Too Much Inflation? Just Raise The Inflation Target!

In late August, Fed Chairman Jerome Powell suggested that the Federal Reserve would begin tapering before the end of the year admit an admission that price inflation was rising above the two-percent target. Nonetheless, the Fed took no immediate action in the following month. This week, Powell again suggested a taper would begin soon, stating it would begin soon enough that the process could “conclud[e] around the middle of next year,” and maybe could begin in November. This, of course, was highly conditional, with Powell noting this taper would only happen if “the economic recovery remains on track.”

Some interpreted this as a hawkish turn for Powell, but again, we should expect no immediate action on this. Lackluster economic growth remains a concern and Powell's qualifier on the “recovery” remaining on track will be key. Last week, Goldman downgraded the US economic growth forecast, and the Beige Book—which always casts economic growth in a rosy glow—also reduced its description of the economy during July and August to ”moderate.” Meanwhile, the Bank of England today signaled a worsening global situation with its own downgrade of growth expectations. In other words, if the economy isn’t improving enough—according to the Fed—then it can simply abandon plans to taper.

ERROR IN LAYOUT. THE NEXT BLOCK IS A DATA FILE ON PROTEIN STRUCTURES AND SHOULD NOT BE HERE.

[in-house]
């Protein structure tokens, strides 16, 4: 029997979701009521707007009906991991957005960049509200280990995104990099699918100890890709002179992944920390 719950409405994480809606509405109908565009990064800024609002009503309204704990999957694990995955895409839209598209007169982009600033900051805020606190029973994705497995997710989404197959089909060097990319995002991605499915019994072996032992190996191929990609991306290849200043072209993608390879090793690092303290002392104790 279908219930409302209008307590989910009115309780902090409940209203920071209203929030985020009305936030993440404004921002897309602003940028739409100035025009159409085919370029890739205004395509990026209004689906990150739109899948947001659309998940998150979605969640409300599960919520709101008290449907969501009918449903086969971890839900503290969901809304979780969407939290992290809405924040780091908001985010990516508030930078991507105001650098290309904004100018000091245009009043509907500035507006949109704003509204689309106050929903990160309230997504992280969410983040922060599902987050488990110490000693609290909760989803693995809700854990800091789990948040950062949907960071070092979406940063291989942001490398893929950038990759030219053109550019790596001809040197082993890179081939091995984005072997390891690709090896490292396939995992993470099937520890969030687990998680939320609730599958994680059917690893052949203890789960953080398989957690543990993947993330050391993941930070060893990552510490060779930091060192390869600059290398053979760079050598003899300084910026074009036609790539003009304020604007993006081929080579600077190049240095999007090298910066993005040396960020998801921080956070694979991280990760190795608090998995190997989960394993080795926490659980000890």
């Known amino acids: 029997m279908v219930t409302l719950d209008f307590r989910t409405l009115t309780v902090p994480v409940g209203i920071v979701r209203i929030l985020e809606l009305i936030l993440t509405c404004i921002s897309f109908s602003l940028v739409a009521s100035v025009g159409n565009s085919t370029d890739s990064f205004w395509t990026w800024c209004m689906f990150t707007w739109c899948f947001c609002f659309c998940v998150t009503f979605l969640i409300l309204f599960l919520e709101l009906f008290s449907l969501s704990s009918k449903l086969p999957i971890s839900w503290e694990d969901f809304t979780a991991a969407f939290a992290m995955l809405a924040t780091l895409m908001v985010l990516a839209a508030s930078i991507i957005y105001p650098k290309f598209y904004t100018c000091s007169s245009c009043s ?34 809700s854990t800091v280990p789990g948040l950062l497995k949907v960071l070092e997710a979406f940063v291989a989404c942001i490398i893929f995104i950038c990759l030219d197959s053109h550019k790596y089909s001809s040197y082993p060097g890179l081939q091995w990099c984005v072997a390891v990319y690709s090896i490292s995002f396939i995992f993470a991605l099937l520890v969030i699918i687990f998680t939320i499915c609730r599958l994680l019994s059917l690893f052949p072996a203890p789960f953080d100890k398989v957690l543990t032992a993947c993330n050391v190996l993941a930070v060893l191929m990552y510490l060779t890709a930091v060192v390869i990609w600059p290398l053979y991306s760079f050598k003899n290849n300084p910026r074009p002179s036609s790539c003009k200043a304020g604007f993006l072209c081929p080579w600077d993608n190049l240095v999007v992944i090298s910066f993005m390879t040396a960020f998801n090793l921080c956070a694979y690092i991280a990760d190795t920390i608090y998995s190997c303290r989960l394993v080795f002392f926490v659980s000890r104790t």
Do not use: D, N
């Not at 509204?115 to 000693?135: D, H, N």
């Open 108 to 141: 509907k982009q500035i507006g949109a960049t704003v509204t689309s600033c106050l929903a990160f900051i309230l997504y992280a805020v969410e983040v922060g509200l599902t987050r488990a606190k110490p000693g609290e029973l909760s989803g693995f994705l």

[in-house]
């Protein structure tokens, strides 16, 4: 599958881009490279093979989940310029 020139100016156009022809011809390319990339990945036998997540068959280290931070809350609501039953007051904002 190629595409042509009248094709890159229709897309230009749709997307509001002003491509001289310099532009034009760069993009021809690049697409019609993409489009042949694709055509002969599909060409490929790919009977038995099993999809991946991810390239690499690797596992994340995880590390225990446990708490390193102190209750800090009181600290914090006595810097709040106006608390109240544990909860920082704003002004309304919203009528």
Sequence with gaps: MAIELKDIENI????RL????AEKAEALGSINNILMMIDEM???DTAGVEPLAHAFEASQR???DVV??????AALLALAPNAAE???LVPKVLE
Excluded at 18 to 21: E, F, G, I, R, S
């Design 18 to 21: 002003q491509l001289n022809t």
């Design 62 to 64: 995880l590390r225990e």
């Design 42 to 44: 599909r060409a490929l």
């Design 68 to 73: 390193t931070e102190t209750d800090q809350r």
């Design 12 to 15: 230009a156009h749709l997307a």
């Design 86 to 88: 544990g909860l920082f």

In other words, we may be looking at a repeat of the decade following the Great Recession. Growth was remarkably slow in those days in spite of immense amounts of monetary stimulus.  The Fed repeatedly spoke of an “improving economy,” however, and repeatedly hinted at tapering. It was only in 2016 when the Fed dared to allow the target interest rate to inch upward. This was largely done out of fear the Fed would have no room to maneuver in case of another crisis, however, and not in response to inflation, which remained low in the official measures.

But in 2017 and 2018, when CPI inflation began to push above two percent, the expectation arose that the Fed would finally begin to meaningfully taper to keep target inflation near the state two-percent target. This alarmed some inflation doves who were concerned—with good reason—that any reining in of the Fed’s easy-money policies would end the very fragile and lackluster recovery then underway. The repo crisis of 2019 was the first sign of trouble in the Fed’s very-minor tapering effort. But any other brewing liquidity crises were soon obscured by the covid crisis and the economic collapse that followed.

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